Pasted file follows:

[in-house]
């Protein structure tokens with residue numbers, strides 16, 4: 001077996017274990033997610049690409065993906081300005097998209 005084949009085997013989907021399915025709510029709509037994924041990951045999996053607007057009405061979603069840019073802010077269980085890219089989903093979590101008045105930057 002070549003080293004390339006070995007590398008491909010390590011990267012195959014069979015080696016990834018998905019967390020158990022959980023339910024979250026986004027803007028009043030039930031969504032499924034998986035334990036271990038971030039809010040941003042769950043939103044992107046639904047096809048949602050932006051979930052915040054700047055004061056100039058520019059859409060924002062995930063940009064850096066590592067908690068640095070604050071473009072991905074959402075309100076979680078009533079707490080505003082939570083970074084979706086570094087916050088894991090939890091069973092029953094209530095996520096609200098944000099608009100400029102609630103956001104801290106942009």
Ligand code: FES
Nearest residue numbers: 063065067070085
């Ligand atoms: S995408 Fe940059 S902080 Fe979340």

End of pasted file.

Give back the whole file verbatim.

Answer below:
[in-house]
């Protein structure tokens with residue numbers, strides 16, 4: 001077996017274990033997610049690409065993906081300005097998209 005084949009085997013989907021399915025709510029709509037994924041990951045999996053607007057009405061979603069840019073802010077269980085890219089989903093979590101008045105930057 002070549003080293004390339006070995007590398008491909010390590011990267012195959014069979015080696016990834018998905019967390020158990022959980023339910024979250026986004027803007028009043030039930031969504032499924034998986035334990036271990038971030039809010040941003042769950043939103044992107046639904047096809048949602050932006051979930052915040054700047055004061056100039058520019059859409060924002062995930063940009064850096066590592067908690068640095070604050071473009072991905074959402075309100076979680078009533079707490080505003082939570083970074084979706086570094087916050088894991090939890091069973092029953094209530095996520096609200098944000099608009100400029102609630103956001104801290106942009």
Ligand code: FES
Nearest residue numbers: 063065067070085
């Ligand atoms: S995408 Fe940059 S902080 Fe979340």